Tuesday, September 29, 2015
Is A Regularly Attending Congregation A Thing Of The Past? Victor Ko in The Banner
Gone are the days when the majority of church members attended worship 50 out of 52 Sundays, committing themselves to the ministry and membership of their local church.
We’re witnessing a cultural phenomenon in which many church-goers with demanding careers and busy lifestyles during the week are able to attend and commit less.
So ... what are some of the reasons behind this trend?
One cultural phenomenon is the growing number of children who play sports or engage in other group activities. Many of these sporting events or extracurricular activities take place on weekends—and more and more parents are choosing their children’s sports and hobbies over church activities.
Studies show that parents get involved in their children’s sporting and hobby activities earlier—by age 5—and extend their involvement longer—until they graduate from high school.
More of us are working on weekends. An increasing number of North Americans are taking their work home on weekends, trying to meet deadlines or catch up on projects. Some are simply trying to fulfill the heavy requirements of their job description. And depending on where people live and what kind of work they do, it’s not unusual for them to travel out of town for work. Some commute weekly or daily; others are required to work night and weekend shifts.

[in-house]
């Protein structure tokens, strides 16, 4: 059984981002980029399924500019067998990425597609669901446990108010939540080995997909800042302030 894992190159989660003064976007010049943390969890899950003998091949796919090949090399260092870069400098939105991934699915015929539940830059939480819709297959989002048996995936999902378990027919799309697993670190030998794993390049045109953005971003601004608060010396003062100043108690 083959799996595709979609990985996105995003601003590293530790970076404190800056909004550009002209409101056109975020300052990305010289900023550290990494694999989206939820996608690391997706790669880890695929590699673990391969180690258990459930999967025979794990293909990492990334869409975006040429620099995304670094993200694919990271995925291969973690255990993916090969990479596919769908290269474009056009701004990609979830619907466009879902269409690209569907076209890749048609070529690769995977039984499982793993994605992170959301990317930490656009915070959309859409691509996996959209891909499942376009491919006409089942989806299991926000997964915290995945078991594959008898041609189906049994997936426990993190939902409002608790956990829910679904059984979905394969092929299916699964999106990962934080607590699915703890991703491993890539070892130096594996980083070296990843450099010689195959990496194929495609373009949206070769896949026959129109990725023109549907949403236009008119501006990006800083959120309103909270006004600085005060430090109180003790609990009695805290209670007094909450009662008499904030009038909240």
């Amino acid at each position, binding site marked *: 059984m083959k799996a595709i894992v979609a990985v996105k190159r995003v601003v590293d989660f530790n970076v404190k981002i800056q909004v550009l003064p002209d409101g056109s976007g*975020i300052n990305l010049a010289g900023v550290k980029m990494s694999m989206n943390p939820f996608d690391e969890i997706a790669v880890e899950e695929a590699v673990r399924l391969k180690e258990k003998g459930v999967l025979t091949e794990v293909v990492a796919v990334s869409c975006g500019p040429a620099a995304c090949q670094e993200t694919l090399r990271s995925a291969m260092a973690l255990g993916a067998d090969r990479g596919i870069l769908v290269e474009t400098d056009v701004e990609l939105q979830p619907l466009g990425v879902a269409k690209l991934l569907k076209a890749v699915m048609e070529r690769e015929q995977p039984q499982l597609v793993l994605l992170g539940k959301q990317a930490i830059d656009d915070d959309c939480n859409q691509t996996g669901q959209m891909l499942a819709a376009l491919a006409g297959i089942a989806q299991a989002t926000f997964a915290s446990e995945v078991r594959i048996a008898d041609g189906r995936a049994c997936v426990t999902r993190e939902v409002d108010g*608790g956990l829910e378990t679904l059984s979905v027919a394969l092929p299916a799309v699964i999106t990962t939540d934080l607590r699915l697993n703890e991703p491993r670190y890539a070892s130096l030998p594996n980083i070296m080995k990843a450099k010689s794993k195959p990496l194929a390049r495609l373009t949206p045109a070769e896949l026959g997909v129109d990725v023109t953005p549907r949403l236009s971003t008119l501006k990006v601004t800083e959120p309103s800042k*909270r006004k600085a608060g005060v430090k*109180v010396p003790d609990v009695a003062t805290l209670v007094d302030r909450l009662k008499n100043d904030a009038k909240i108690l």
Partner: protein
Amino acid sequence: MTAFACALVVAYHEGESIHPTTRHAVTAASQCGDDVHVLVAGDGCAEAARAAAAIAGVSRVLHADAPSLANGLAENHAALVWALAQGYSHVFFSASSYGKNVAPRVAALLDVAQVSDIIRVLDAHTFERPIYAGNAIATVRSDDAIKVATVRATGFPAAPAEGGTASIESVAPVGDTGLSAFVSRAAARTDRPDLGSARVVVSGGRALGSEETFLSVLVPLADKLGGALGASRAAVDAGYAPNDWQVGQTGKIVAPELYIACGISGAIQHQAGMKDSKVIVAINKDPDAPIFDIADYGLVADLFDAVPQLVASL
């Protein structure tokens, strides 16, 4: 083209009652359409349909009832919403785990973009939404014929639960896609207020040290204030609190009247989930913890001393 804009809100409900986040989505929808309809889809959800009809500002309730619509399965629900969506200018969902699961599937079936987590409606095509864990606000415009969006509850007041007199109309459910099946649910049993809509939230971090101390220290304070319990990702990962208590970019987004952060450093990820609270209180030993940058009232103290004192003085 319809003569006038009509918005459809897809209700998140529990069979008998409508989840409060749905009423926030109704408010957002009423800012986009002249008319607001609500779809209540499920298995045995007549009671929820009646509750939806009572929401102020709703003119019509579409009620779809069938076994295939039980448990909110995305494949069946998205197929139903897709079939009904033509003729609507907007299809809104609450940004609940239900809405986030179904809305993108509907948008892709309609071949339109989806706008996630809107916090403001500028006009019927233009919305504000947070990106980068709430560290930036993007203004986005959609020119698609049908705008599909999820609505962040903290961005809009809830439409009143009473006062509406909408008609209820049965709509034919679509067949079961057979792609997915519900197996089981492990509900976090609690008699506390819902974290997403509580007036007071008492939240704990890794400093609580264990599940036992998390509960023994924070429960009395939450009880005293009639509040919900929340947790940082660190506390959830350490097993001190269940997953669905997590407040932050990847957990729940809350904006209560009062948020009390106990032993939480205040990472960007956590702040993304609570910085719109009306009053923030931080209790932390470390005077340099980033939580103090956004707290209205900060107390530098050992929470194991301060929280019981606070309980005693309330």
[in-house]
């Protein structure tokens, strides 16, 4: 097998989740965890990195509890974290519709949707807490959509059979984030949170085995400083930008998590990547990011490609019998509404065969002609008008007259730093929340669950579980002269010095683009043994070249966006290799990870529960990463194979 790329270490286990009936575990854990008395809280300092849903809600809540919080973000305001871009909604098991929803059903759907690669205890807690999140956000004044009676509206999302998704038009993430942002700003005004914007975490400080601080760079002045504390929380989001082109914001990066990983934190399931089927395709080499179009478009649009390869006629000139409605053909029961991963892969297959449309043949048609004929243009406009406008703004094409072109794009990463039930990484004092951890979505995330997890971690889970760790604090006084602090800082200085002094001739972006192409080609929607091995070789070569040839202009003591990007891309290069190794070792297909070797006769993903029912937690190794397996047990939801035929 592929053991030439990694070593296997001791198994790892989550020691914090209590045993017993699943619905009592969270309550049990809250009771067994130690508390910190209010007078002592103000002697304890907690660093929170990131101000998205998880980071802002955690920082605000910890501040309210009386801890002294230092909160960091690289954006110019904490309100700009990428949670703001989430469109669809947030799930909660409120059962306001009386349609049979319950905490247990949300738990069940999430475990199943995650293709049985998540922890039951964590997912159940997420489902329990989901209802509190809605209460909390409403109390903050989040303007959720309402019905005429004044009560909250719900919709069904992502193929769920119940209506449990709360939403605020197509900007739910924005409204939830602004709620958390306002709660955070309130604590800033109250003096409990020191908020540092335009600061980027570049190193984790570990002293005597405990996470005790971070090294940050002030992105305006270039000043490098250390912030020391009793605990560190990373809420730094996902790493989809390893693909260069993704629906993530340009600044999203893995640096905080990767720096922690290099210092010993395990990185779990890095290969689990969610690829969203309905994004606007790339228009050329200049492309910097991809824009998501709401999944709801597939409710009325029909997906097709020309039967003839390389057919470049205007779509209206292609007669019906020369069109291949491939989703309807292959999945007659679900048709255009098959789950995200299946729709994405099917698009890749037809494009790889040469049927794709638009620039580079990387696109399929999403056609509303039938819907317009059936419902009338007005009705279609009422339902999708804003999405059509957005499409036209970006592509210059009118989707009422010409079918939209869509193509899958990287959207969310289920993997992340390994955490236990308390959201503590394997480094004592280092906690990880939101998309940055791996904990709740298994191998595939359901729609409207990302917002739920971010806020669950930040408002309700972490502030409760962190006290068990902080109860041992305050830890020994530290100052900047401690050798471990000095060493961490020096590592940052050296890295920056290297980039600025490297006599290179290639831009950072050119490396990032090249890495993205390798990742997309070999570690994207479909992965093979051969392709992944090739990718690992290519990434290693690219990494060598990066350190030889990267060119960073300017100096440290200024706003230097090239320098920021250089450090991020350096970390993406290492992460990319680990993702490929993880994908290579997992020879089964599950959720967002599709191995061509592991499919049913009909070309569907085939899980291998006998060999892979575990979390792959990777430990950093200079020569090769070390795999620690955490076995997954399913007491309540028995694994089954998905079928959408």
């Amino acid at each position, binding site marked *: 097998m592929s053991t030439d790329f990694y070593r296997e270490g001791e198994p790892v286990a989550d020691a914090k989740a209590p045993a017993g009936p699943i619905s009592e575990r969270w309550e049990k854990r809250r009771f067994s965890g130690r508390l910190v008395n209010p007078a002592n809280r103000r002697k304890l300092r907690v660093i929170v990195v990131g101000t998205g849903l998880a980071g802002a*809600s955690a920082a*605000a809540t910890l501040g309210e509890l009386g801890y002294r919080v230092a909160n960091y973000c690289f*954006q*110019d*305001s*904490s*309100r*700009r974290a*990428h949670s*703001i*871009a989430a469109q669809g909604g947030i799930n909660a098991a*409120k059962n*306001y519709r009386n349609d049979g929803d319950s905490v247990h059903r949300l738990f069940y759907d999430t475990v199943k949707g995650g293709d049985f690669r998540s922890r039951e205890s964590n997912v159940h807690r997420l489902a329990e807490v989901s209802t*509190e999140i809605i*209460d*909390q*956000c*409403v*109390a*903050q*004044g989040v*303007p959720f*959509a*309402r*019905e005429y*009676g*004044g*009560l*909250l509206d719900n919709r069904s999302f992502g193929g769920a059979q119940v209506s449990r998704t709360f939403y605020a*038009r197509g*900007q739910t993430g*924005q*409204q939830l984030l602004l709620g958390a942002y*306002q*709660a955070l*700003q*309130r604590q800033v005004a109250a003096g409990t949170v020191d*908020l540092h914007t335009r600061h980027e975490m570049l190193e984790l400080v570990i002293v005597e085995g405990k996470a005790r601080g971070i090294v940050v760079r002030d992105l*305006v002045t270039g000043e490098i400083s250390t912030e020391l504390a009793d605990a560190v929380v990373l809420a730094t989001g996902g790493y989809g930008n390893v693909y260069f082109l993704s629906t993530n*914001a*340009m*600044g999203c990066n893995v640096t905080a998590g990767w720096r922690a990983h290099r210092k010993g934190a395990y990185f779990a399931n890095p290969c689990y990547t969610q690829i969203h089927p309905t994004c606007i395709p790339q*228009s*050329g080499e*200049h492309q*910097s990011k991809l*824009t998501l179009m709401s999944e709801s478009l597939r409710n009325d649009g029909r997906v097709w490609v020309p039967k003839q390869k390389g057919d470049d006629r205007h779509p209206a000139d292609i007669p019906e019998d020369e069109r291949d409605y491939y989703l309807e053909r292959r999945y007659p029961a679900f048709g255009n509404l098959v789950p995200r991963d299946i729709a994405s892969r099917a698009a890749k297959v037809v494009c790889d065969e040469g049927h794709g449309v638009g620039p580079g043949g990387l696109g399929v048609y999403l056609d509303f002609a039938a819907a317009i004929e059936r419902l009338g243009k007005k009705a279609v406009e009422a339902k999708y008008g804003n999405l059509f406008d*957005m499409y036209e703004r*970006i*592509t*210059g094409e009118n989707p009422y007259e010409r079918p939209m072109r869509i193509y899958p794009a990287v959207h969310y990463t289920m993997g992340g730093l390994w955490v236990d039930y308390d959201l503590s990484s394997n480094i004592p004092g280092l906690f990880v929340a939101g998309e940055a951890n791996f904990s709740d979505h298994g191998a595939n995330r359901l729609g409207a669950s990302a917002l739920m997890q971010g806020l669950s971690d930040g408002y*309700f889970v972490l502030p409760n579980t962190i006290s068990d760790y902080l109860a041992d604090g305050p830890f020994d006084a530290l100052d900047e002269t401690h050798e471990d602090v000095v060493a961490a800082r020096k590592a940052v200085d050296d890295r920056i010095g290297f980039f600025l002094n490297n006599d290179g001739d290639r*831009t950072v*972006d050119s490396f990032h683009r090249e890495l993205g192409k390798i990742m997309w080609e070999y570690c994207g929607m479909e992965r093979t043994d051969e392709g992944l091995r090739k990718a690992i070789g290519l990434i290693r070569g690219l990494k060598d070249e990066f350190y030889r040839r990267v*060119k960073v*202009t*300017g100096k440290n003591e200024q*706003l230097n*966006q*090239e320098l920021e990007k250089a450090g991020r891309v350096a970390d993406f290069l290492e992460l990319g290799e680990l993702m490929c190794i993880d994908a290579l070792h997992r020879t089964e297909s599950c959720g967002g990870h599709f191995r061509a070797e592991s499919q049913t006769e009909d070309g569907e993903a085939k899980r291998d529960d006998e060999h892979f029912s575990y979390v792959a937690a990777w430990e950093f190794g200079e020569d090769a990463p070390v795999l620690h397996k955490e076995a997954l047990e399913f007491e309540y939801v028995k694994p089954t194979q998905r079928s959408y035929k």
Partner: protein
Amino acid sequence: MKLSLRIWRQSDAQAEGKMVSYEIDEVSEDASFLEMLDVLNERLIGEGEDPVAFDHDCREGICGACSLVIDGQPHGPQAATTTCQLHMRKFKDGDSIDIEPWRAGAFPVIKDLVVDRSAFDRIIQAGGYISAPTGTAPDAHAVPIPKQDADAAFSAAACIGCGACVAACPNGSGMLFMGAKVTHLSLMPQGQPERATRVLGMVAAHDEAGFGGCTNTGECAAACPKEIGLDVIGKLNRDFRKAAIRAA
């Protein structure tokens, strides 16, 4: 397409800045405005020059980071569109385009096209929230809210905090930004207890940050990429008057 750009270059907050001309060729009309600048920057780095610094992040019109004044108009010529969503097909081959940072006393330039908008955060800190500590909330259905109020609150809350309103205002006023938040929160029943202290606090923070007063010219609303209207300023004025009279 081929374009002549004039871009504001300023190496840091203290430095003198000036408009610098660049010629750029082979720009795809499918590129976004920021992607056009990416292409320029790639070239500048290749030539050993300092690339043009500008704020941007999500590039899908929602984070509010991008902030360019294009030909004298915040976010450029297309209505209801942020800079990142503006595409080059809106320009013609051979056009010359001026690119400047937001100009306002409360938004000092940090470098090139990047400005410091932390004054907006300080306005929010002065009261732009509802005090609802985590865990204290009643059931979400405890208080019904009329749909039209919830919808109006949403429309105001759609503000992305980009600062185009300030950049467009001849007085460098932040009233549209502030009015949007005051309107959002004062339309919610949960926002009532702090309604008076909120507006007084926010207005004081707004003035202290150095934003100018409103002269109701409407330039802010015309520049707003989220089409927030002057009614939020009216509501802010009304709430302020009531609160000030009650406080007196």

Blended and Single-Parent Families
These days, more and more blended families and single-parent families are represented in church membership. So what’s this got to do with church attendance or commitment to a local congregation? Church leaders and members alike need to realize that when parents share custody of their children, they may see them only 26 Sundays a year.
Transportation is also a factor in this equation. This is true especially in my own context. Most of the single parents in my congregation do not own a vehicle and struggle financially. Adding to this reality, the challenge of taking babies or young children on public transit during long winters is a formidable obstacle.
People in general, both inside and outside of church, are turning less to churches and clergy to help them grow spiritually. In an age when information and knowledge are ubiquitous, we can search online for just about everything, from shopping and news to health-related items. A characteristic of the postmodern mind is a decline in our trust of and reliance on institutionalized religion. Many people attempt to meet their spiritual needs all on their own, apart from the body of Christ.
One thing is certain: our culture is shifting seismically. And that shift is shaping the life of the local church.
The full article is available here